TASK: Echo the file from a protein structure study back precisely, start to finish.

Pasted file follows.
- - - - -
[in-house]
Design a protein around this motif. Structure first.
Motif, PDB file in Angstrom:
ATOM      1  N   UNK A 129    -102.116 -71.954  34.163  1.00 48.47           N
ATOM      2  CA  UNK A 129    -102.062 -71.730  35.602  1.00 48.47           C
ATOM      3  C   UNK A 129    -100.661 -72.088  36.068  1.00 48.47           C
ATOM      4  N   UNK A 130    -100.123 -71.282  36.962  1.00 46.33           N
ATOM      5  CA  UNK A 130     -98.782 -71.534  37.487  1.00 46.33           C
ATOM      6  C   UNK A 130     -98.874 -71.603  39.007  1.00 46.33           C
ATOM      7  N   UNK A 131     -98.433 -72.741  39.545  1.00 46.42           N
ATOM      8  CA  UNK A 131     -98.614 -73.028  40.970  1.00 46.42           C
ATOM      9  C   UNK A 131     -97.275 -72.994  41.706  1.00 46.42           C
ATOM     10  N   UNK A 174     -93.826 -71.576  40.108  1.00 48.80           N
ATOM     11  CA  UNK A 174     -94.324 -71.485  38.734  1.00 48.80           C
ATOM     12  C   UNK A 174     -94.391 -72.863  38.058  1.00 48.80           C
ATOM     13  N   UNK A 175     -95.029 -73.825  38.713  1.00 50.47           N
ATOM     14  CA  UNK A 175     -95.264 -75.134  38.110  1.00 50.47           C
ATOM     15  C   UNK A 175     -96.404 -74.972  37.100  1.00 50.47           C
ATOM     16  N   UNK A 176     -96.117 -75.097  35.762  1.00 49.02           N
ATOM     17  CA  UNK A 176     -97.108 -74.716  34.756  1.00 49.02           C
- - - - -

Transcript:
[in-house]
Design a protein around this motif. Structure first.
Motif, PDB file in Angstrom:
ATOM      1  N   UNK A 129    -102.116 -71.954  34.163  1.00 48.47           N
ATOM      2  CA  UNK A 129    -102.062 -71.730  35.602  1.00 48.47           C
ATOM      3  C   UNK A 129    -100.661 -72.088  36.068  1.00 48.47           C
ATOM      4  N   UNK A 130    -100.123 -71.282  36.962  1.00 46.33           N
ATOM      5  CA  UNK A 130     -98.782 -71.534  37.487  1.00 46.33           C
ATOM      6  C   UNK A 130     -98.874 -71.603  39.007  1.00 46.33           C
ATOM      7  N   UNK A 131     -98.433 -72.741  39.545  1.00 46.42           N
ATOM      8  CA  UNK A 131     -98.614 -73.028  40.970  1.00 46.42           C
ATOM      9  C   UNK A 131     -97.275 -72.994  41.706  1.00 46.42           C
ATOM     10  N   UNK A 174     -93.826 -71.576  40.108  1.00 48.80           N
ATOM     11  CA  UNK A 174     -94.324 -71.485  38.734  1.00 48.80           C
ATOM     12  C   UNK A 174     -94.391 -72.863  38.058  1.00 48.80           C
ATOM     13  N   UNK A 175     -95.029 -73.825  38.713  1.00 50.47           N
ATOM     14  CA  UNK A 175     -95.264 -75.134  38.110  1.00 50.47           C
ATOM     15  C   UNK A 175     -96.404 -74.972  37.100  1.00 50.47           C
ATOM     16  N   UNK A 176     -96.117 -75.097  35.762  1.00 49.02           N
ATOM     17  CA  UNK A 176     -97.108 -74.716  34.756  1.00 49.02           C